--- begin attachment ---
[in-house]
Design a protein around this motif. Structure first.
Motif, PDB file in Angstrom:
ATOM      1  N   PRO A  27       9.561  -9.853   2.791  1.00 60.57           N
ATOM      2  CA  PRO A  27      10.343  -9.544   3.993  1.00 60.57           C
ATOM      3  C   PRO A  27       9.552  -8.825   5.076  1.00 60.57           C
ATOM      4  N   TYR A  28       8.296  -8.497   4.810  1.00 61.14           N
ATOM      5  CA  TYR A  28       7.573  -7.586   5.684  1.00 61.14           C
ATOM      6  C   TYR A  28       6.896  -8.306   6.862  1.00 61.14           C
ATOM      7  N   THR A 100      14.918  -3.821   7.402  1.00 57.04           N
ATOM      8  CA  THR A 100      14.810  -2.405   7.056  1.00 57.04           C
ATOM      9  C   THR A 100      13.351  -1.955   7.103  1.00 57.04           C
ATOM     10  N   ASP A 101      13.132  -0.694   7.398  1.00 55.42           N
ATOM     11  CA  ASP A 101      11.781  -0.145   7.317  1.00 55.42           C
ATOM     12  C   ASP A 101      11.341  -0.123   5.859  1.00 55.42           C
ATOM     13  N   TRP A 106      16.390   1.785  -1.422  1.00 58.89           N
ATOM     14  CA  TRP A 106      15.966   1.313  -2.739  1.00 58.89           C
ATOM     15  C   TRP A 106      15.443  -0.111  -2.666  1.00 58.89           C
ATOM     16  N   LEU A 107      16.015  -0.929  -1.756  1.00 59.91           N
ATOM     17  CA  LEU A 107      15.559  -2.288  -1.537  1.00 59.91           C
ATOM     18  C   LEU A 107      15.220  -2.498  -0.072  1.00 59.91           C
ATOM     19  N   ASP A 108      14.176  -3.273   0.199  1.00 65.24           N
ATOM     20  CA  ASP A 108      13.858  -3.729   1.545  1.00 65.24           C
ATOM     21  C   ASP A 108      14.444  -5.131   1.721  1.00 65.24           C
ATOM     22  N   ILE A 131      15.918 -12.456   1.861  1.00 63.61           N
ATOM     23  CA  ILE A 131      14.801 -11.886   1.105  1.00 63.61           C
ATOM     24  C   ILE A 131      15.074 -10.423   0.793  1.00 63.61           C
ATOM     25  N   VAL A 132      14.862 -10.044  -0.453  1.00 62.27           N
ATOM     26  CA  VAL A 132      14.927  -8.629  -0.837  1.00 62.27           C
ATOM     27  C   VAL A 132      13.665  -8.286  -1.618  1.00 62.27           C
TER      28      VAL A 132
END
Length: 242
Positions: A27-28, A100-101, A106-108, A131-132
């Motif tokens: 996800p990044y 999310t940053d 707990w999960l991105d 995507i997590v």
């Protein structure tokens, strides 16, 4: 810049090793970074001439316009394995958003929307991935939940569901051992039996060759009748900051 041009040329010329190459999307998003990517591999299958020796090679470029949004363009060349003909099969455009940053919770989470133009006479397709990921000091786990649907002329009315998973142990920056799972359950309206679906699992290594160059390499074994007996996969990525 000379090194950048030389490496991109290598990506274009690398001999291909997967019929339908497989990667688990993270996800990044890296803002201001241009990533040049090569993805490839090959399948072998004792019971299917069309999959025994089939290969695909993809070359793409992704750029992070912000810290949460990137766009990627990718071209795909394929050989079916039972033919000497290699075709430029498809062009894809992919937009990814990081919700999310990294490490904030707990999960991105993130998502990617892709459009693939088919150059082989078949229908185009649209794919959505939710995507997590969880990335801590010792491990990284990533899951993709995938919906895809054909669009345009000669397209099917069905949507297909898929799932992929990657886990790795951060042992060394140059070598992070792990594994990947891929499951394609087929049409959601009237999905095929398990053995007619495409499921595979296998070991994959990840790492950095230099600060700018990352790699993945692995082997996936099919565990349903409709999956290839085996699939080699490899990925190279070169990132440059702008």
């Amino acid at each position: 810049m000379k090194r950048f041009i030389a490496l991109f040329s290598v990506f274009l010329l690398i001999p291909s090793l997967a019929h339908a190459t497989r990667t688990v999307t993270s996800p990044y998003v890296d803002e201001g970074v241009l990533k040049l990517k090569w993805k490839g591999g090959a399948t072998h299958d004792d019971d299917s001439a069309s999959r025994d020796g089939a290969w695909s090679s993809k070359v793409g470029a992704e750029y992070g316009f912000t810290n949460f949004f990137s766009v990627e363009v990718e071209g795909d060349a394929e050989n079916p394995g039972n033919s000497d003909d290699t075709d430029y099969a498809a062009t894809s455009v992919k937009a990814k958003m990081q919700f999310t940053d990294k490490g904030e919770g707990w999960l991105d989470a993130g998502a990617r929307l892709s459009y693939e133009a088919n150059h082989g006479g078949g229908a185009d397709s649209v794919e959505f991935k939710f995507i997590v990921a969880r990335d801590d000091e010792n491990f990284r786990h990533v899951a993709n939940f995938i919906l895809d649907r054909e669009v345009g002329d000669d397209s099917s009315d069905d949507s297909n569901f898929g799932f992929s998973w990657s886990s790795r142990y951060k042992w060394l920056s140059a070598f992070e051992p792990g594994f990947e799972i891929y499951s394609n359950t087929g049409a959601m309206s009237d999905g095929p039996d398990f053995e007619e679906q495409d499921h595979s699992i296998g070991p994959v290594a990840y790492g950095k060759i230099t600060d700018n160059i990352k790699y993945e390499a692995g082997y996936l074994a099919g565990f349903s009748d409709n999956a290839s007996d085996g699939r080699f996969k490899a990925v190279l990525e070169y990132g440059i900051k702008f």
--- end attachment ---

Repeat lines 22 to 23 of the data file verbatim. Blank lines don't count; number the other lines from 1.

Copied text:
ATOM     19  N   ASP A 108      14.176  -3.273   0.199  1.00 65.24           N
ATOM     20  CA  ASP A 108      13.858  -3.729   1.545  1.00 65.24           C